For no one can lay a foundation other than that which is laid, which is Jesus Christ. Now if anyone builds on the foundation with gold, silver, precious stones, wood, hay, straw—each one's work will become manifest, for the Day will disclose it, because it will be revealed by fire, and the fire will test what sort of work each one has done.
1 Corinthians 3:11-13
The foundation of salvation is Christ. There is no other name given under heaven. Every disciple must enter at the same gate and begin at the same place.
Salvation is not just something that happened to you once-upon-a-time. Of course, it is that too, but it's also an ongoing process, incremental and cumulative. Some people say "I was saved" as if that settled the matter. We don't even treat ice cream that way. If you tried ice cream once when you were eight, would you be satisfied for life? I doubt it.
The question is not "Were you saved?" but "Are you saved today?" Salvation is a foundation, yes, but it is also what we build on that foundation. (Phillipians 2:12) It's pursuing the likeness of God daily, taking up your cross, building with gold and silver and precious stones.
We can't just "know what we believe" and do the Christian thing to satisfy the status quo. That's wood and hay and stubble, and it's going to burn up. What we need is a vital awareness of God's love, God's holiness, and God's will, to empower us everyday to live sacramental lives of worship.
But wait: this sounds awfully like doing "works." We can't do "works", because we believe in "grace", and "works" and "grace" are not compatible.
What good is it, my brothers, if someone says he has faith but does not have works? Can that faith save him? Faith by itself, if it does not have works, is dead.James 2:14, 17
There is no such thing as faith without works. It's like marriage without love or the ocean without water. We need to get our faith into our lives somehow. We need a faith that is lived forward, not analyzed, because sometimes what we think is analysis may actually be nothing more than an autopsy.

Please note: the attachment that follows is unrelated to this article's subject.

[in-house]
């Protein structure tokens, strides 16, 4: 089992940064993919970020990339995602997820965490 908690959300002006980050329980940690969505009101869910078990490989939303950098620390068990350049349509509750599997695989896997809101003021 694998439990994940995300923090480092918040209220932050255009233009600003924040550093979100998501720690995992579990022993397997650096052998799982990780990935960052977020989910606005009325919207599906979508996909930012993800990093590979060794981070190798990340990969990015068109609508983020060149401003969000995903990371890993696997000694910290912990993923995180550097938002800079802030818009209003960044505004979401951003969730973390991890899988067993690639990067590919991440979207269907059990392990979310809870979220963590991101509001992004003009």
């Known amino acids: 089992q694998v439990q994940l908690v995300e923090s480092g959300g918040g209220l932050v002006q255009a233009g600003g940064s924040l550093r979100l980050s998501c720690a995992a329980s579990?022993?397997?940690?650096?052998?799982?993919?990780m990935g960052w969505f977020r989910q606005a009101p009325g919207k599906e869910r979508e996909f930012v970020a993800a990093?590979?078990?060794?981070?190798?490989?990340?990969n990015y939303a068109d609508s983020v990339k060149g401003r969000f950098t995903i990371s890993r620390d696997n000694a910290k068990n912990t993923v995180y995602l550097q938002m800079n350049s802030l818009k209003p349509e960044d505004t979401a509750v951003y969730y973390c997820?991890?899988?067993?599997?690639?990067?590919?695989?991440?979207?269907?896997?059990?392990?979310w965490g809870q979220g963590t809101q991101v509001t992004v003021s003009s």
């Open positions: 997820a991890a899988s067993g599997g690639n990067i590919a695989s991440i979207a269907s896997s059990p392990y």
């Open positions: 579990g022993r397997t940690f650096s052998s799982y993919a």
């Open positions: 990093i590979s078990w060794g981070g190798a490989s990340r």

This brings us to another realization, which is that the whole debate about faith and works is a mirage. If we couch the question in terms of whether we are saved by grace or works, we will succeed splendidly in spinning our minds in circles, but I don't think we will find many helpful answers.
It isn't our good works that make us Christians - it's our good works that show that we are Christians. (John 13:35) Our good works do not establish or create our Christian identity, they only validate it. Indeed, they must.
You will recognize [false prophets] by their fruits. Are grapes gathered from thornbushes, or figs from thistles? So, every healthy tree bears good fruit, but the diseased tree bears bad fruit. A healthy tree cannot bear bad fruit, nor can a diseased tree bear good fruit. Every tree that does not bear good fruit is cut down and thrown into the fire. Thus you will recognize them by their fruits.Matthew 7:16-20
For a tree to produce good fruit does not make it a good tree, it merely shows that it is a good tree. Similarly, the good works we fulfill (Ephesians 2:10) do not make us righteous, they simply show that we are righteous. And that righteousness, though it must and will produce good works, can only have its beginning in grace. (Ephesians 2:8)
Thanks be to God for his inexpressible gift. Amen.
All scripture quotations from the ESV
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